Fire Region IV: The Roraima State (Brazil) and the Kanuku Mountains region (Guyana)
This fourth fire region covers most of the Rio Branco basin, upstream of the confluence with the Catrimani river (Brazil), and the upper basin of the Repununi and the Essequibo rivers (Guyana).
Fires were initially detected within the mosaic of “savannah woodland, xeromorphic forest” and “shrublands”. But after 11 March they clearly extended within the “lowland dense moist forest” in Guyana, with a peak of activity on 14 and 15 March. They also penetrated the “fragmented forest” and “dense moist forest” in Brazil after 12 March, with a peak of activity between 15 and 18 March.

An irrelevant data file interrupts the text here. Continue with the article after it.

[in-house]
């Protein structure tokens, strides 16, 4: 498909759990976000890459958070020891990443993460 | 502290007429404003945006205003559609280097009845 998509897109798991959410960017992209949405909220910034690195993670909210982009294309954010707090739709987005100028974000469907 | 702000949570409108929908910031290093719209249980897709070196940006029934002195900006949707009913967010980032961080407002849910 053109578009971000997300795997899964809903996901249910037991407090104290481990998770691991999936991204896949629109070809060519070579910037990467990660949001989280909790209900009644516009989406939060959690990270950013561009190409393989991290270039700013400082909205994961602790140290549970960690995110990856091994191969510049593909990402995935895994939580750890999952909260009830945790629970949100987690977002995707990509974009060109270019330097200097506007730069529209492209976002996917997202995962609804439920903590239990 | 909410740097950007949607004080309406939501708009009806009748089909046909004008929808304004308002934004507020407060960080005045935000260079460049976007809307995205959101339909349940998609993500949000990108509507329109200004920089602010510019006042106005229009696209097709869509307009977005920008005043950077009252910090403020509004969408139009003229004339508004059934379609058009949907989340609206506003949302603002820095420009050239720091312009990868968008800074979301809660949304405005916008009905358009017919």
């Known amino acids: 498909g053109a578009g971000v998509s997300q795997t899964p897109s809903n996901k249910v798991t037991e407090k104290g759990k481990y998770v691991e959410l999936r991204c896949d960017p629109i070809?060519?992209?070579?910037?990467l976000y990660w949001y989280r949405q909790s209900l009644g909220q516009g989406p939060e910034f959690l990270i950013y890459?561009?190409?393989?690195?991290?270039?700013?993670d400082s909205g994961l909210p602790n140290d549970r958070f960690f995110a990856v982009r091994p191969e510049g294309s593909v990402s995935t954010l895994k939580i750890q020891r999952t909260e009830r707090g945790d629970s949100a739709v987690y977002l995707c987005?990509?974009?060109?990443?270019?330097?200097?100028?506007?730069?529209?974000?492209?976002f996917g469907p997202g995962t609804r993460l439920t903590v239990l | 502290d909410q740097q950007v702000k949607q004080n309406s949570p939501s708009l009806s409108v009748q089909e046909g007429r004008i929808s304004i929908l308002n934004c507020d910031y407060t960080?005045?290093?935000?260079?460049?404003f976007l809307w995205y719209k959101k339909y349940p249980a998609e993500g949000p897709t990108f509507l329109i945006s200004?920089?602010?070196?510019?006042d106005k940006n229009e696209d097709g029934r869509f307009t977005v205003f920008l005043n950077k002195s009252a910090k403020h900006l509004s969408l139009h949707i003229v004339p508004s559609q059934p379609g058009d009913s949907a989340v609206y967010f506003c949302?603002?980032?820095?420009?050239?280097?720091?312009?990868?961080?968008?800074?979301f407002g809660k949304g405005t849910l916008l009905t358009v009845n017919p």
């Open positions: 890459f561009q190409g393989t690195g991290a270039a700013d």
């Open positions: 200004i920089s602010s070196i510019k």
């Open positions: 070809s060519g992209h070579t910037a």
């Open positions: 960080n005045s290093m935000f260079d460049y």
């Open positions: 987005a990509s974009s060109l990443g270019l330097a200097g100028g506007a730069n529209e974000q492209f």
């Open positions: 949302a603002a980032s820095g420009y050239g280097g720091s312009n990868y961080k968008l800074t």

Even when they were not in the non-forested domain, the fires were not positioned randomly. They were detected right at the edge of the forested types of vegetation, indicating clearly the purpose of this burning activity.
This fourth fire event has very strong environmental as well as social impact. Further investigations have to be conducted to assess and quantify in which way it affected, directly by burning fronts, or indirectly by dense smokes coverage, many indigenous areas as well as forest reserves and biological reserves.
Conclusions and Perspectives
From the present analysis of the fire patterns in this South American region during March 1998, and the comparison conducted with historical data from the fire season of 1992-93 (Dwyer et al. 1998; Stroppiana et al. 1998), one can make the following remarks.